But back to Windows.
David Ramel of ADTmag writes, “What the heck are you doing reading this article? You should be boning up on your Big Data developer skills. Well, if you like making the big bucks, that is. Yes, the Big Data skills shortage shows no signs of shrinking even after several years of hype. That means great opportunities for data developers. ‘By 2018, the United States alone could face a shortage of 140,000 to 190,000 people with deep analytical skills as well as 1.5 million managers and analysts with the know-how to use the analysis of big data to make effective decisions,’ stated a recent McKinsey Global Institute report. And where there’s hype, there’s money. ‘Salaries reported by those who regularly use Hadoop, NoSQL, and Mongo DB are all north of $100,000,’ claimed a recent report from the 2013-2012 Dice Salary Survey.” Read more
Kevin Fitchard of GigaOM reports, “Yummly is releasing its semantic food search technology into the wild, announcing on Wednesday that it is selling developers access to its database of more than 1 million web-sourced recipes as well as the technology it uses to parse them. The launch is timely, considering Punchfork is shutting down its API at the end of the month after it was bought by Pinterest. Several sites and apps tap Punchfork’s recipe content and search capabilities – for instance, Punchfork powered Evernote Food’s Explore Recipes feature – so it will soon be looking for an alternative.” Read more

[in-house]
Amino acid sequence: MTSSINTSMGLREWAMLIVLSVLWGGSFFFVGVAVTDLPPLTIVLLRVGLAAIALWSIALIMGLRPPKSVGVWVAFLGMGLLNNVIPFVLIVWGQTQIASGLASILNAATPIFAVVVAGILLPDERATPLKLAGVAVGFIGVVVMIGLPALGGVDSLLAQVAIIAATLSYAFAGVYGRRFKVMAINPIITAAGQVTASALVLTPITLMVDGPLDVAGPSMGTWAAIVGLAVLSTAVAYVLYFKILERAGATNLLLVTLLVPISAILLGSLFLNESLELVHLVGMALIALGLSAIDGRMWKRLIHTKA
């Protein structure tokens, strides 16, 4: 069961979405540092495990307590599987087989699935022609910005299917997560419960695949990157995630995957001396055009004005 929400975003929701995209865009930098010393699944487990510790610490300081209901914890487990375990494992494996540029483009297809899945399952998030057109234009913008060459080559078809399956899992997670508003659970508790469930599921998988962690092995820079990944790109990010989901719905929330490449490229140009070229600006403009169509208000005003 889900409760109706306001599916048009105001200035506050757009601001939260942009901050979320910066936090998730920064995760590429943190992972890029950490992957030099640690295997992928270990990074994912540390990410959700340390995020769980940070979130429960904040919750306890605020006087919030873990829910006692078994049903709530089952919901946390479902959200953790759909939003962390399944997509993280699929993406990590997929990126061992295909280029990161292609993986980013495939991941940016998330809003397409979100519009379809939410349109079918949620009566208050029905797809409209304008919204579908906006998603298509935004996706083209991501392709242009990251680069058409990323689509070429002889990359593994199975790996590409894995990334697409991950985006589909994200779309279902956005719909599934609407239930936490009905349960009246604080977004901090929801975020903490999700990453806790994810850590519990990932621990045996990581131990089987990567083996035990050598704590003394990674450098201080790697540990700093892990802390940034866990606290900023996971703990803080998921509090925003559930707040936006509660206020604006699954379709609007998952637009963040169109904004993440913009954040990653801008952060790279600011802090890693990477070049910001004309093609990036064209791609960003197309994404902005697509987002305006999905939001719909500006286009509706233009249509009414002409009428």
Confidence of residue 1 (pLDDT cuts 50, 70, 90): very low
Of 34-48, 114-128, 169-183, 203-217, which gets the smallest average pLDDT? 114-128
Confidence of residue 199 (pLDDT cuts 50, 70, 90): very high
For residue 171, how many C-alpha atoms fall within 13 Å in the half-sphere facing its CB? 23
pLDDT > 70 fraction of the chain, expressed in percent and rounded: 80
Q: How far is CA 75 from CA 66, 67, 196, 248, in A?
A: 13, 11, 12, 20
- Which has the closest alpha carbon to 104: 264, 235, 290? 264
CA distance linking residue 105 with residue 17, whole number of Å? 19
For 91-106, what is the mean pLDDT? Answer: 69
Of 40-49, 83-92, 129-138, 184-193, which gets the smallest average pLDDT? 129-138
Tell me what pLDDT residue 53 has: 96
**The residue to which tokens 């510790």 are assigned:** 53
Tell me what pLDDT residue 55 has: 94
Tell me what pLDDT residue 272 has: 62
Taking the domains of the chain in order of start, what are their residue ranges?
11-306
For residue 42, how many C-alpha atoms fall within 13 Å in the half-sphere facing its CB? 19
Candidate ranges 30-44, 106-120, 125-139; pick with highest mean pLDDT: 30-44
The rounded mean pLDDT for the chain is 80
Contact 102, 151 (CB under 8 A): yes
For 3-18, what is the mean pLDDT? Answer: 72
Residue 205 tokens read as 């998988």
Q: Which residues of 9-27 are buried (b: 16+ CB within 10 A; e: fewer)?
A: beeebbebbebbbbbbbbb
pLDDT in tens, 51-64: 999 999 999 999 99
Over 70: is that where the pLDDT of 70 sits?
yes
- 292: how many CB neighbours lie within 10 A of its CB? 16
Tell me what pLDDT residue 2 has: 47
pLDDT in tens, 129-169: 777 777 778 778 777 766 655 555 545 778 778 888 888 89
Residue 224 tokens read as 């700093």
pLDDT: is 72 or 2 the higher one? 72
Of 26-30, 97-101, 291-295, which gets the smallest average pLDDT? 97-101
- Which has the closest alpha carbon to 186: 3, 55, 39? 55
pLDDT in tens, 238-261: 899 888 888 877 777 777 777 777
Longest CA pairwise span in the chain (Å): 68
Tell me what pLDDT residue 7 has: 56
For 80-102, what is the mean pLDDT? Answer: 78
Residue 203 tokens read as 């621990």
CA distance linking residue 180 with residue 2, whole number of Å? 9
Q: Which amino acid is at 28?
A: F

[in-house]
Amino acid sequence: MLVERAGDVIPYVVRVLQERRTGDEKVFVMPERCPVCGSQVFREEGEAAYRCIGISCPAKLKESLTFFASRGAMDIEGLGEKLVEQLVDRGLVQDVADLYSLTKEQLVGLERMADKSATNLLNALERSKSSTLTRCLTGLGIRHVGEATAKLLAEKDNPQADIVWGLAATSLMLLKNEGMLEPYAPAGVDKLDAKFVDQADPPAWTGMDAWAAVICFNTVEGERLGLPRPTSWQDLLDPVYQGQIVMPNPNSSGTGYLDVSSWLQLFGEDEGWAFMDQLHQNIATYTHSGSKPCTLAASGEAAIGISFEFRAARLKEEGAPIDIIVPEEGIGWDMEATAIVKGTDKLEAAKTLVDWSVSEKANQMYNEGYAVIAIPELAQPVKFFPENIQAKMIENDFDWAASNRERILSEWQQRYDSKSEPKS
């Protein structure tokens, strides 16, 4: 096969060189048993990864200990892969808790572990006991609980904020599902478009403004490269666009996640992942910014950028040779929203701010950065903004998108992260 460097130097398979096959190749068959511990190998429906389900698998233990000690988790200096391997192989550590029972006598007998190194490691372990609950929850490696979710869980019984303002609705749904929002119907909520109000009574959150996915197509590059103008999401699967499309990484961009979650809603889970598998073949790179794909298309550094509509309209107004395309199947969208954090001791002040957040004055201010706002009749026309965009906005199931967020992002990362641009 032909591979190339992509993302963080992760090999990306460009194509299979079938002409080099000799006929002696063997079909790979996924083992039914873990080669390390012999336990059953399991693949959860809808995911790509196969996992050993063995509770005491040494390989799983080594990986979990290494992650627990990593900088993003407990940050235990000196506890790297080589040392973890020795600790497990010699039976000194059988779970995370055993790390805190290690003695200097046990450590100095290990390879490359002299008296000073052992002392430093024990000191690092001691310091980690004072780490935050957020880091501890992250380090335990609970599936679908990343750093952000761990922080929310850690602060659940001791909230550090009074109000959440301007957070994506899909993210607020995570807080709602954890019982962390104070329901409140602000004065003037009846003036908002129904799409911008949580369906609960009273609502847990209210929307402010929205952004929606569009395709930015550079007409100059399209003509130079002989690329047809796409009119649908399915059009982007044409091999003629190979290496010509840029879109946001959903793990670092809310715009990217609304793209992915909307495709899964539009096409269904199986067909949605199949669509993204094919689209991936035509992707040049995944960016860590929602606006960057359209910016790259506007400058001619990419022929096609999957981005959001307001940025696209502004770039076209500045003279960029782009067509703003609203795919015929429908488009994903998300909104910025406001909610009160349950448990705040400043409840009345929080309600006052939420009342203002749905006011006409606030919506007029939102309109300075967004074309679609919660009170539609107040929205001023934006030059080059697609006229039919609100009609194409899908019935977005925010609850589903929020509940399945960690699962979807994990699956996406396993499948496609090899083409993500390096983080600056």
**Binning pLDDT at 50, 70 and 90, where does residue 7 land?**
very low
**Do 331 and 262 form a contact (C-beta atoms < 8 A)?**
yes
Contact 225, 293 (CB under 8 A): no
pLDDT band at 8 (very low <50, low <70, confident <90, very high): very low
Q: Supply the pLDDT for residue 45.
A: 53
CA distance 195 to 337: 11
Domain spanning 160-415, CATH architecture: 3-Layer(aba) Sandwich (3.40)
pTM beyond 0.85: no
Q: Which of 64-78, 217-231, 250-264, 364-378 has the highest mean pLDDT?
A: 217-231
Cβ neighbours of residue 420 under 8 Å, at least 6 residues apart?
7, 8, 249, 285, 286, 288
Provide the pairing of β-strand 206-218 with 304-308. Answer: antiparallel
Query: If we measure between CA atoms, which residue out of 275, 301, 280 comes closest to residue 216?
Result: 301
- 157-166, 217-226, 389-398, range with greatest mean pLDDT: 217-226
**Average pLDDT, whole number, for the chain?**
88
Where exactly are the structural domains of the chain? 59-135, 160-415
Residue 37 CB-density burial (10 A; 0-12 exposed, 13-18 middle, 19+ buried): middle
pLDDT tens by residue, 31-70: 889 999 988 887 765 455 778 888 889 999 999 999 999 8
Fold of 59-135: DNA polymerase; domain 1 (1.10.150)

Gregg Turner of Blue Claw Search recently discussed the impact of RDFa format data and why developers should implement it. Turner writes, “Rich snippets have become a lot more prominent within the SERPS over the past couple of years, with appealing, feature-rich listings becoming a more and more commonplace. Google refers to these enhanced search listings as “Rich Snippets”, and from a search marketing perspective they are often more appealing to users and increase Click Through Rates (CTR).” Read more